Don’t be shy. If a question has an underlying premise that is incorrect, challenge it. If the reporter makes a statement that you disagree with, say so. An unchallenged statement could be transformed into a quote with your name on it, and often is. hyperlink here to this

Silence is golden. Don’t try to fill moments of silence. In most cases, the reporter is simply keying in what you just said. But some reporters use silence as a technique (especially on the electronic side) and you’d be amazed at some of the things they learn when an interview subject struggles to fill the void.

When you’ve given your answer, stop and wait for the reporter to ask the next question.

Don’t speculate. Reporters love to play “what if.” Don’t go there. A simple answer is that you don’t like to speculate, and if the “whatever” happens, you’ll be happy to answer the question then.

Relax! Remember that you are the master of your subject matter. You know your business. Take comfort in that.  And if you are following these suggestions, then you have little to worry about.

If you think it’s time to chat, I invite you to contact me and set up a time (put this in a calendar here) or leave your details and I’ll get back to you.

Or, sign up for my webinar workshop, how to know what you don’t know about getting media coverage with the media xxx link here. teach these techniques and tips in my media relations workshop 101. I warn you – I`m different from media trainers you find on YouTube or through traditional PR firms. hyperlink here to why I’m the one to help you with the media.

I`m blessed with having years of experience first as a national reporter for the Globe and Mail Report on Business and Toronto Star newspapers, and years more after that as a public relations specialist  for a multinational chemical company. I managed all the media for the City of Peterborough, Ontario after a nearly catastrophic flood in 2004. And I handled media relations for the provincial property assessment body – in that job, the questions were always tough ones because everybody hates taxes.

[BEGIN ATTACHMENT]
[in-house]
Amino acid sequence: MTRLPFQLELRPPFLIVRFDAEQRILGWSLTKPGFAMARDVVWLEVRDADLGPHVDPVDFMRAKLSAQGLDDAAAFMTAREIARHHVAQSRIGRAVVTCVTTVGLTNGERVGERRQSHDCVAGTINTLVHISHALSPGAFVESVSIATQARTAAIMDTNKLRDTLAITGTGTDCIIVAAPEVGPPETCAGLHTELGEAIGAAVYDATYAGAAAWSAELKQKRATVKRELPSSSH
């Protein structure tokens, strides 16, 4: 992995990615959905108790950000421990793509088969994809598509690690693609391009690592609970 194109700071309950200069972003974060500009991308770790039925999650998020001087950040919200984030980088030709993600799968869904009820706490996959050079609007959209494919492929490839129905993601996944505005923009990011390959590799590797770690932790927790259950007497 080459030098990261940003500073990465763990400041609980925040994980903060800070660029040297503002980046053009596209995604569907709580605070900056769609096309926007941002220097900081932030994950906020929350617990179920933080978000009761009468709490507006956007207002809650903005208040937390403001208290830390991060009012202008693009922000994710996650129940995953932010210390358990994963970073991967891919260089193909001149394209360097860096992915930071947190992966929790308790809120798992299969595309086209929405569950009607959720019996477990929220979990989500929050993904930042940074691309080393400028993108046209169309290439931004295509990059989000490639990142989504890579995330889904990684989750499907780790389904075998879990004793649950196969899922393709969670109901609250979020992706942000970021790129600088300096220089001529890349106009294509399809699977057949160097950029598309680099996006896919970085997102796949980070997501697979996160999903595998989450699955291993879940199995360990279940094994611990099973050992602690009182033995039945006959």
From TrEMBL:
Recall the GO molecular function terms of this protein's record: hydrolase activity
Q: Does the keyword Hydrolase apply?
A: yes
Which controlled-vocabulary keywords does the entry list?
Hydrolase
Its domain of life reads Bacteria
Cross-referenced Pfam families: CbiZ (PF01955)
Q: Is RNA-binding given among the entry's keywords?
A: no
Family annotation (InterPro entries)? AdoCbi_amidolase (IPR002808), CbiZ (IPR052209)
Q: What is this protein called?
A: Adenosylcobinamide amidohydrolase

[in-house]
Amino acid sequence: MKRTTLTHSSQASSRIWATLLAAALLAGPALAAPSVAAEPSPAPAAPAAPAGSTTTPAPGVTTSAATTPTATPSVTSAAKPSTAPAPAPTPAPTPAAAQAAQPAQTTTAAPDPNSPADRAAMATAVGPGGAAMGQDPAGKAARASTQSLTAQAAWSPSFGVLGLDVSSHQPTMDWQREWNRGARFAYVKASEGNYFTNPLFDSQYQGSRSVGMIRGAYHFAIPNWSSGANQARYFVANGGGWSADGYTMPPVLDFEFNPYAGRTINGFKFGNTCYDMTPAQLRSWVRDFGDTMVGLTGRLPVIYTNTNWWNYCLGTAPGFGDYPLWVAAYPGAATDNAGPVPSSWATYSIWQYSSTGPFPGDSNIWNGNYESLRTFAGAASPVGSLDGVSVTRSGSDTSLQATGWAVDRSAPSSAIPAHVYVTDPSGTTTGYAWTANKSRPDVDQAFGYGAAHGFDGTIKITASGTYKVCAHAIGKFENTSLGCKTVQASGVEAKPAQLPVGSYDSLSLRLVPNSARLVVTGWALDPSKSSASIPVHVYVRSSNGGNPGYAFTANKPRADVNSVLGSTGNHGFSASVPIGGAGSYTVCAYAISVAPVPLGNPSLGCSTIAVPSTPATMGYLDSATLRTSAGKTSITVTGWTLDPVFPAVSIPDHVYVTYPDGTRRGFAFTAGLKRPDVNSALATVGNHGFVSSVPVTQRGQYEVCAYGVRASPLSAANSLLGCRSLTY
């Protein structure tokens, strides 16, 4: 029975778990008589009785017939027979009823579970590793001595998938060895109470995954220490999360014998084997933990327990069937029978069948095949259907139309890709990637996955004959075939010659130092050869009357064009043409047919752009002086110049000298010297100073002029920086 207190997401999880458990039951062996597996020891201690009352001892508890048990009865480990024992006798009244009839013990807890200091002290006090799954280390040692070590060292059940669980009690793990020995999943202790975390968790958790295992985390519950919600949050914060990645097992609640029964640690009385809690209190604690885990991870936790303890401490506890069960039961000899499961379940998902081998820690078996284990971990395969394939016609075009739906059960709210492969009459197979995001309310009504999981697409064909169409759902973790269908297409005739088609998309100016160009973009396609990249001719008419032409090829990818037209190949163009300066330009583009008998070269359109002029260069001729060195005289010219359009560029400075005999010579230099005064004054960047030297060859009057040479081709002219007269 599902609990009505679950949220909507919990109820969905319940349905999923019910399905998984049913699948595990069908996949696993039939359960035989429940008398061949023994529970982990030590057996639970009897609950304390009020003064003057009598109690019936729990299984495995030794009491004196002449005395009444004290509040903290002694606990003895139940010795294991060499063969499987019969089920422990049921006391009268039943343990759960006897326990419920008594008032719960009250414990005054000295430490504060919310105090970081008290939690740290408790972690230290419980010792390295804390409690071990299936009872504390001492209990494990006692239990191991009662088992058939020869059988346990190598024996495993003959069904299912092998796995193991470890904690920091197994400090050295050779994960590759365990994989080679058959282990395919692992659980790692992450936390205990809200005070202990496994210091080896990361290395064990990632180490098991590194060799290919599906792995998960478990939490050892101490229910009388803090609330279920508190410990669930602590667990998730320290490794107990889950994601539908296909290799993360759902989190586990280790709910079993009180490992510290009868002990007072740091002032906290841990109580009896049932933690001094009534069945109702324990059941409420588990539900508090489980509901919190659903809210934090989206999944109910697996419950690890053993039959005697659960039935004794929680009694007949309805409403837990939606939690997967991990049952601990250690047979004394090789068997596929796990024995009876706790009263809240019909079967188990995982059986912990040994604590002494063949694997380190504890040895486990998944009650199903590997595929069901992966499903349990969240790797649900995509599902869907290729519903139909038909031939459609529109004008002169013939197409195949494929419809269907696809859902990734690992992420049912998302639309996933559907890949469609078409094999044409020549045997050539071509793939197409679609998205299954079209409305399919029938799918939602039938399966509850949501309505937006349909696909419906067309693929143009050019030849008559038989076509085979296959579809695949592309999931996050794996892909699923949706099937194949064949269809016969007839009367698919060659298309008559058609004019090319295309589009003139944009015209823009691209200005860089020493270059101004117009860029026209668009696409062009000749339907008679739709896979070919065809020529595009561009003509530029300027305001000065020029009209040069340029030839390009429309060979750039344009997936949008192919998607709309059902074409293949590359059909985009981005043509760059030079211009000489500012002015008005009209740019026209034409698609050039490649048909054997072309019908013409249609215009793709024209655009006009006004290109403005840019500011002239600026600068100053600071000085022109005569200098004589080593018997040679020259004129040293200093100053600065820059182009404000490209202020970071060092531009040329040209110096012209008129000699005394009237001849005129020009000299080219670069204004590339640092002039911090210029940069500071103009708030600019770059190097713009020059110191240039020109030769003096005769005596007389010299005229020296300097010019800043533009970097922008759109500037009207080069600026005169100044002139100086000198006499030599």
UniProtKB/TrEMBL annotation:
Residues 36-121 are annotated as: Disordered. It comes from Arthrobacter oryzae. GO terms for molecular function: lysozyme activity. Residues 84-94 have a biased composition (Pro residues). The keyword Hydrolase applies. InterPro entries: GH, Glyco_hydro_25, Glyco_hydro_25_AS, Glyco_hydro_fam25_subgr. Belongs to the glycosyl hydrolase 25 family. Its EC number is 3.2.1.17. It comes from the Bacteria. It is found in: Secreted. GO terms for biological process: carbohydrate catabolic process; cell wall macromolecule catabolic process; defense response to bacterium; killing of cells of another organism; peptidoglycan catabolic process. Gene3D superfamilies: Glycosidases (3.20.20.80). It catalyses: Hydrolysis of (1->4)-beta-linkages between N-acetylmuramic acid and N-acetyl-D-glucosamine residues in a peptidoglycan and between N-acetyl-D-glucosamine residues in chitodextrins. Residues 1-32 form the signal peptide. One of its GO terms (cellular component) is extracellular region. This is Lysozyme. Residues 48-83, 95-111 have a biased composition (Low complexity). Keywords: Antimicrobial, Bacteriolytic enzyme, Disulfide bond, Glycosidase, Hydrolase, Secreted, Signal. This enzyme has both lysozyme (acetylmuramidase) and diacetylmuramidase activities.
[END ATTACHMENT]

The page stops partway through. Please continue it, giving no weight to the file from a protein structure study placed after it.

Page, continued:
But here`s my secret sauce: I also trained as a counsellor, and I bring some of what I learned to my training sessions. This means no canned formulas, or one-size-fits-all training for spokespeople or business owners.

When I train you, you’ll remember what you learn, because I tailor it to your personal style and comfort level. I don’t expect you to be anything other than your own true self.

If you want to know more, and get the benefit of all that wonderful experience I have to offer you, press this button to get on my mailing list for more tips. add button here

 

About Jane Carthew Davidson

As a former senior public relations specialist with a large publicly traded multi-national chemical company, Jane Carthew Davidson produced the company’s award winning annual report for several years. Later, she was media relations specialist for Ontario’s Municipal Property Assessment Corporation (MPAC), where she wrote speeches for the executive team, trained spokespersons across the province, and developed talking points and strategies designed to clarify the role played by property assessment within the municipal taxation system. Jane is a former business reporter for the Globe and Mail Report on Business, and the Toronto Star’s Business Today. Her articles have appeared in the Toronto Star, the Medical Post, the Anglican Journal, the Financial Post and most recently, the Globe and Mail’s special supplements on subjects as wide ranging as organic farming and new investment regulations. On several occasions, Jane’s media savvy and quick research skills enabled her to win broad media attention and investment queries from Canada, the Unites States and Europe, for a unique medical device start-up venture. Following Peterborough’s Flood of the Century in 2004, Jane handled media relations for the City of Peterborough, developing and implementing the communications plan for the city’s media outreach to afflicted citizens, concerned insurance companies, city staff and other government stakeholders.